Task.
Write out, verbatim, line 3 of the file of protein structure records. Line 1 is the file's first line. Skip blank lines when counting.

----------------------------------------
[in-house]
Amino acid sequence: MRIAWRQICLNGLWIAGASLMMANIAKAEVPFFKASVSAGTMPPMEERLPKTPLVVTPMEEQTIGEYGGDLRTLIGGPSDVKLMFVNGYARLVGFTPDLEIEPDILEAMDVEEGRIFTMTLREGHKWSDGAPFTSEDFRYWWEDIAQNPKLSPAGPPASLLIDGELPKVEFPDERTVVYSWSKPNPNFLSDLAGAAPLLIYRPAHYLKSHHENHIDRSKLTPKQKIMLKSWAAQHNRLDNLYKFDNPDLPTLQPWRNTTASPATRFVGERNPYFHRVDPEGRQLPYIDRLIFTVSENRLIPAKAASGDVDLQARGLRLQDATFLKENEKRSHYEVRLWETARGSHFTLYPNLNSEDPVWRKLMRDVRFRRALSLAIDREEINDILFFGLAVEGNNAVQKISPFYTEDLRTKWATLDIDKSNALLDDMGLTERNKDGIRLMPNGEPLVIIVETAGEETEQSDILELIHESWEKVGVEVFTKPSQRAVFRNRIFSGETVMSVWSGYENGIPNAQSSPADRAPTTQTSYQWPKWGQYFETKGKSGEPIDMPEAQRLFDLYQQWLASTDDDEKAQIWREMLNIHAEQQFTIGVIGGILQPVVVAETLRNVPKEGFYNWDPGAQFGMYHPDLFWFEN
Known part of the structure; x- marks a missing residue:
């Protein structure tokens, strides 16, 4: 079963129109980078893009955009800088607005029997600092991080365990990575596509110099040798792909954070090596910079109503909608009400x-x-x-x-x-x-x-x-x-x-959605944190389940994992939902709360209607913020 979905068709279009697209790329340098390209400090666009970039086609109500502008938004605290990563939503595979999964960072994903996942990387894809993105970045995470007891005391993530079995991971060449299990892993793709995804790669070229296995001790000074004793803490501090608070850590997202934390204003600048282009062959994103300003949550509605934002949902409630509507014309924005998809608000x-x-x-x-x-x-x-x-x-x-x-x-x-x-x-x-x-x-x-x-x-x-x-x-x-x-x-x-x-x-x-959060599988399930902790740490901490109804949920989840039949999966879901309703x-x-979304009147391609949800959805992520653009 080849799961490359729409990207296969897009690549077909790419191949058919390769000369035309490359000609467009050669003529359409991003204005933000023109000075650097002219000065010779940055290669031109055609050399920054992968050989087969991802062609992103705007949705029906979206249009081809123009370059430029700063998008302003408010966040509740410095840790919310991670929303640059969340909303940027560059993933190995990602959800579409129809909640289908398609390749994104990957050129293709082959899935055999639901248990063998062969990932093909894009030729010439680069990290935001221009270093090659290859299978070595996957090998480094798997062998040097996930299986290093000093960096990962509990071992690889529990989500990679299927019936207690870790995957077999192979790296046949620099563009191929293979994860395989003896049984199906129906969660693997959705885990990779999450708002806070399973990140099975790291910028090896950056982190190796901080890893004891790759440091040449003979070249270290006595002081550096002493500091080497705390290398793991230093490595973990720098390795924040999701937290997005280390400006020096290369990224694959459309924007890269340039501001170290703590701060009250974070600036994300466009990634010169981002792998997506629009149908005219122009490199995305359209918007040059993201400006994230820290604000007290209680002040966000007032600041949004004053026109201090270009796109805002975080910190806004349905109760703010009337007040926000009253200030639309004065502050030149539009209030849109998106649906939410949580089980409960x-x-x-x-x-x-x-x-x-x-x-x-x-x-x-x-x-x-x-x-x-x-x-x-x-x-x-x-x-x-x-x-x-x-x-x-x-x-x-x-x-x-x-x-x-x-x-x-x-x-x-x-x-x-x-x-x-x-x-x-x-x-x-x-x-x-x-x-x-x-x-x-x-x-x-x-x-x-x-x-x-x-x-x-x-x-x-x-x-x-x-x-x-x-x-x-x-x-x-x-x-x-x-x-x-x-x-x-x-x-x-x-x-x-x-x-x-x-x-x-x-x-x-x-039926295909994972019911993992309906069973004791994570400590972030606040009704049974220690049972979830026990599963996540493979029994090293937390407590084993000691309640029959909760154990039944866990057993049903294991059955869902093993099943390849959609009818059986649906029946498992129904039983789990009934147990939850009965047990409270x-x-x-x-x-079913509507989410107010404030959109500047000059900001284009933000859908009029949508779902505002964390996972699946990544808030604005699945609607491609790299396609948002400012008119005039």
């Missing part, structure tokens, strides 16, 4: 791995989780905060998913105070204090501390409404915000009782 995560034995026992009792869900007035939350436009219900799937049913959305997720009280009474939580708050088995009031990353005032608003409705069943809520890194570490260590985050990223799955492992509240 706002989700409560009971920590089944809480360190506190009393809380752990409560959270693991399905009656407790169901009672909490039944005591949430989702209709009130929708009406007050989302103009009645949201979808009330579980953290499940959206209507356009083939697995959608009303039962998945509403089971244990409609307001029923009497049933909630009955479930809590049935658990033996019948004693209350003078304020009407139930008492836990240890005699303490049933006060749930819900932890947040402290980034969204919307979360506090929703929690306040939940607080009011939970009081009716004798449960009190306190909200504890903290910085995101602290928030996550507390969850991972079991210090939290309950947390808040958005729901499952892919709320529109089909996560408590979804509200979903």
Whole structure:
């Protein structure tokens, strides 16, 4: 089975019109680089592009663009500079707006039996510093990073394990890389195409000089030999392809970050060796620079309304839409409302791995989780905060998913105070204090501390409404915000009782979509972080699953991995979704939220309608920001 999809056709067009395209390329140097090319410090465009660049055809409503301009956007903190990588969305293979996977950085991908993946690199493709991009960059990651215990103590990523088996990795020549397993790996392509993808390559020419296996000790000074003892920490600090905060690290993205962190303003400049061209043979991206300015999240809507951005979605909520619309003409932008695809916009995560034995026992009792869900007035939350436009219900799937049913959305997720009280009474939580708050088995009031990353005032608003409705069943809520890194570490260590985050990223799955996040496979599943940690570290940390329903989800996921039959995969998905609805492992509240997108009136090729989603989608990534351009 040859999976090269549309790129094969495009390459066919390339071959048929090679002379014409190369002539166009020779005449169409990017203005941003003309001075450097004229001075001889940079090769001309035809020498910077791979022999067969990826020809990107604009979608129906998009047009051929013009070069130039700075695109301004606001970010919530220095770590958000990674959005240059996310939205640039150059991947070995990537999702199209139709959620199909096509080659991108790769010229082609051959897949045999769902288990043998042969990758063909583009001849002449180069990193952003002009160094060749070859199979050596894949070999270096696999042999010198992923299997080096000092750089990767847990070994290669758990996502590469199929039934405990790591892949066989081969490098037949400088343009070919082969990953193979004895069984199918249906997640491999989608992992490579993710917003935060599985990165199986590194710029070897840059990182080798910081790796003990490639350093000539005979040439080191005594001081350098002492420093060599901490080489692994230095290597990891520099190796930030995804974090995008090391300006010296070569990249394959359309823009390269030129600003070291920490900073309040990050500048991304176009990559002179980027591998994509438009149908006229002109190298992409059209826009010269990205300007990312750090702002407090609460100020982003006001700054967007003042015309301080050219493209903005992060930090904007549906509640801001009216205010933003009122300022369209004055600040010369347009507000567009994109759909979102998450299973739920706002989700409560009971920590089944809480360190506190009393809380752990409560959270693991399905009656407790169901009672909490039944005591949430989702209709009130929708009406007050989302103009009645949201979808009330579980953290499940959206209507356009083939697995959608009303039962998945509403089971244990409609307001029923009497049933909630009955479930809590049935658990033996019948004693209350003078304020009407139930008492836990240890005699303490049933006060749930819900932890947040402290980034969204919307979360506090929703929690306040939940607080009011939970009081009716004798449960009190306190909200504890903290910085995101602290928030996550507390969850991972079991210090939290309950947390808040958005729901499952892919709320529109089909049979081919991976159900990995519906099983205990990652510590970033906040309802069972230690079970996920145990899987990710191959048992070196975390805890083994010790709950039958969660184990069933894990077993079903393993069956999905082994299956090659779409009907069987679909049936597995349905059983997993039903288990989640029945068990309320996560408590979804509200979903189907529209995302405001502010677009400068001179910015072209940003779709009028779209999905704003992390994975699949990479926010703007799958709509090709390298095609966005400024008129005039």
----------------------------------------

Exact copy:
Known part of the structure; x- marks a missing residue: